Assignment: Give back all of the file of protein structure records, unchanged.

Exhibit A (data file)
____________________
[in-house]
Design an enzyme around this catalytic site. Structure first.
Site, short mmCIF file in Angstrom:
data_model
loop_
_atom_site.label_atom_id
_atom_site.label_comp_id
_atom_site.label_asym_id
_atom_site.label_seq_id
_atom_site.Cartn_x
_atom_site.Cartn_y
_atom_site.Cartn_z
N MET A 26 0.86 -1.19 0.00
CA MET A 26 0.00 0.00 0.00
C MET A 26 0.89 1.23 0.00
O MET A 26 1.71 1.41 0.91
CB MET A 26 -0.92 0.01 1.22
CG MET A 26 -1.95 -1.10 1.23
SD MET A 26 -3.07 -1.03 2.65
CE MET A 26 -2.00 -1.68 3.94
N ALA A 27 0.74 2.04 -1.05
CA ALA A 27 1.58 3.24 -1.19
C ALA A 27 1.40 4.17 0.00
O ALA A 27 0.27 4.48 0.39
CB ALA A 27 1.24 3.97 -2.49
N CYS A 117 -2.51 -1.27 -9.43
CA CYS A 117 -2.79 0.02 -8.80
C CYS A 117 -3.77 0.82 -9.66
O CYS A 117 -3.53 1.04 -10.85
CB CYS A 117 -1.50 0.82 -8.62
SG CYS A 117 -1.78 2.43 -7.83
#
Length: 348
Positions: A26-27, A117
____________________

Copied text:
[in-house]
Design an enzyme around this catalytic site. Structure first.
Site, short mmCIF file in Angstrom:
data_model
loop_
_atom_site.label_atom_id
_atom_site.label_comp_id
_atom_site.label_asym_id
_atom_site.label_seq_id
_atom_site.Cartn_x
_atom_site.Cartn_y
_atom_site.Cartn_z
N MET A 26 0.86 -1.19 0.00
CA MET A 26 0.00 0.00 0.00
C MET A 26 0.89 1.23 0.00
O MET A 26 1.71 1.41 0.91
CB MET A 26 -0.92 0.01 1.22
CG MET A 26 -1.95 -1.10 1.23
SD MET A 26 -3.07 -1.03 2.65
CE MET A 26 -2.00 -1.68 3.94
N ALA A 27 0.74 2.04 -1.05
CA ALA A 27 1.58 3.24 -1.19
C ALA A 27 1.40 4.17 0.00
O ALA A 27 0.27 4.48 0.39
CB ALA A 27 1.24 3.97 -2.49
N CYS A 117 -2.51 -1.27 -9.43
CA CYS A 117 -2.79 0.02 -8.80
C CYS A 117 -3.77 0.82 -9.66
O CYS A 117 -3.53 1.04 -10.85
CB CYS A 117 -1.50 0.82 -8.62
SG CYS A 117 -1.78 2.43 -7.83
#
Length: 348
Positions: A26-27, A117